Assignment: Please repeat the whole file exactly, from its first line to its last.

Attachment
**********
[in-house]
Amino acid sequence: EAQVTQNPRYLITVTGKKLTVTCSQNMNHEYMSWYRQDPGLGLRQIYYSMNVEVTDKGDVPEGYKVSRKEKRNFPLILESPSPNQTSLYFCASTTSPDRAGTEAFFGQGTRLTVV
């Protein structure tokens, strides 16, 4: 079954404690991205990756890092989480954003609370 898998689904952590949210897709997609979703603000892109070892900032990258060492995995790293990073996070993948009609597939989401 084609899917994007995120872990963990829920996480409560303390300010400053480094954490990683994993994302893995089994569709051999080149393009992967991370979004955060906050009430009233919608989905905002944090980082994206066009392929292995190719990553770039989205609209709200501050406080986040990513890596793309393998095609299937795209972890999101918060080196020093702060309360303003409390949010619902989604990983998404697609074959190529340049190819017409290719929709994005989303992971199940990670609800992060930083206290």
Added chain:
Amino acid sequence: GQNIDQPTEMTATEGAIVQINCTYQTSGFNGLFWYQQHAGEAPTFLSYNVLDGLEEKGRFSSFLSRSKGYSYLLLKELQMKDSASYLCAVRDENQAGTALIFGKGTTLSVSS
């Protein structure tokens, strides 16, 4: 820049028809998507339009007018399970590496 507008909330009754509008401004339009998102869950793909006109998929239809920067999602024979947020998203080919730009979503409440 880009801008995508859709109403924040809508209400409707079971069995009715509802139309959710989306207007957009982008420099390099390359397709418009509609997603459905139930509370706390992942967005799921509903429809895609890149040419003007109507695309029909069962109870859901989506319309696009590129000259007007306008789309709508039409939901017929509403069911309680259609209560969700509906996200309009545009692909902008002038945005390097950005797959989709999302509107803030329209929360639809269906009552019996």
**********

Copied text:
[in-house]
Amino acid sequence: EAQVTQNPRYLITVTGKKLTVTCSQNMNHEYMSWYRQDPGLGLRQIYYSMNVEVTDKGDVPEGYKVSRKEKRNFPLILESPSPNQTSLYFCASTTSPDRAGTEAFFGQGTRLTVV
């Protein structure tokens, strides 16, 4: 079954404690991205990756890092989480954003609370 898998689904952590949210897709997609979703603000892109070892900032990258060492995995790293990073996070993948009609597939989401 084609899917994007995120872990963990829920996480409560303390300010400053480094954490990683994993994302893995089994569709051999080149393009992967991370979004955060906050009430009233919608989905905002944090980082994206066009392929292995190719990553770039989205609209709200501050406080986040990513890596793309393998095609299937795209972890999101918060080196020093702060309360303003409390949010619902989604990983998404697609074959190529340049190819017409290719929709994005989303992971199940990670609800992060930083206290």
Added chain:
Amino acid sequence: GQNIDQPTEMTATEGAIVQINCTYQTSGFNGLFWYQQHAGEAPTFLSYNVLDGLEEKGRFSSFLSRSKGYSYLLLKELQMKDSASYLCAVRDENQAGTALIFGKGTTLSVSS
């Protein structure tokens, strides 16, 4: 820049028809998507339009007018399970590496 507008909330009754509008401004339009998102869950793909006109998929239809920067999602024979947020998203080919730009979503409440 880009801008995508859709109403924040809508209400409707079971069995009715509802139309959710989306207007957009982008420099390099390359397709418009509609997603459905139930509370706390992942967005799921509903429809895609890149040419003007109507695309029909069962109870859901989506319309696009590129000259007007306008789309709508039409939901017929509403069911309680259609209560969700509906996200309009545009692909902008002038945005390097950005797959989709999302509107803030329209929360639809269906009552019996």